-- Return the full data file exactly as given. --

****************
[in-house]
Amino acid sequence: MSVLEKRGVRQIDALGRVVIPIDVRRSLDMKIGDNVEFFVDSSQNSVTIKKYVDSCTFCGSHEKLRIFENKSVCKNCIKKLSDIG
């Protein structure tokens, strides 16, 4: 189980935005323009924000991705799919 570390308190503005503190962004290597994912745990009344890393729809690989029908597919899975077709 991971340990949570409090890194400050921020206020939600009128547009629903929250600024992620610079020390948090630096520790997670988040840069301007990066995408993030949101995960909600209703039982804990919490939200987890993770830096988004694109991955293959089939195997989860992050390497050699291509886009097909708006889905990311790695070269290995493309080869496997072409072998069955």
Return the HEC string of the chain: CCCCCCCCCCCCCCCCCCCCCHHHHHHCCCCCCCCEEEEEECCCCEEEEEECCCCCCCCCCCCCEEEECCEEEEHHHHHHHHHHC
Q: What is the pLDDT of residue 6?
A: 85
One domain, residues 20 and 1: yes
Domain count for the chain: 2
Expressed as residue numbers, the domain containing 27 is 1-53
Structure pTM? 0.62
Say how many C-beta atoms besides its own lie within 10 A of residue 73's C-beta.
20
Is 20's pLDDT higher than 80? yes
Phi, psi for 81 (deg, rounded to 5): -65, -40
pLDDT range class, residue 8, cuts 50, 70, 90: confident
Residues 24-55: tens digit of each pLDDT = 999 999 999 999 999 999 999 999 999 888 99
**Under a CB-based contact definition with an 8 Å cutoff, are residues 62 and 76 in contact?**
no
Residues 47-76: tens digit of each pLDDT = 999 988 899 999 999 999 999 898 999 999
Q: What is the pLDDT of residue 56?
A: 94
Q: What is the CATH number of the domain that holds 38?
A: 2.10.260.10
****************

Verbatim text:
[in-house]
Amino acid sequence: MSVLEKRGVRQIDALGRVVIPIDVRRSLDMKIGDNVEFFVDSSQNSVTIKKYVDSCTFCGSHEKLRIFENKSVCKNCIKKLSDIG
């Protein structure tokens, strides 16, 4: 189980935005323009924000991705799919 570390308190503005503190962004290597994912745990009344890393729809690989029908597919899975077709 991971340990949570409090890194400050921020206020939600009128547009629903929250600024992620610079020390948090630096520790997670988040840069301007990066995408993030949101995960909600209703039982804990919490939200987890993770830096988004694109991955293959089939195997989860992050390497050699291509886009097909708006889905990311790695070269290995493309080869496997072409072998069955």
Return the HEC string of the chain: CCCCCCCCCCCCCCCCCCCCCHHHHHHCCCCCCCCEEEEEECCCCEEEEEECCCCCCCCCCCCCEEEECCEEEEHHHHHHHHHHC
Q: What is the pLDDT of residue 6?
A: 85
One domain, residues 20 and 1: yes
Domain count for the chain: 2
Expressed as residue numbers, the domain containing 27 is 1-53
Structure pTM? 0.62
Say how many C-beta atoms besides its own lie within 10 A of residue 73's C-beta.
20
Is 20's pLDDT higher than 80? yes
Phi, psi for 81 (deg, rounded to 5): -65, -40
pLDDT range class, residue 8, cuts 50, 70, 90: confident
Residues 24-55: tens digit of each pLDDT = 999 999 999 999 999 999 999 999 999 888 99
**Under a CB-based contact definition with an 8 Å cutoff, are residues 62 and 76 in contact?**
no
Residues 47-76: tens digit of each pLDDT = 999 988 899 999 999 999 999 898 999 999
Q: What is the pLDDT of residue 56?
A: 94
Q: What is the CATH number of the domain that holds 38?
A: 2.10.260.10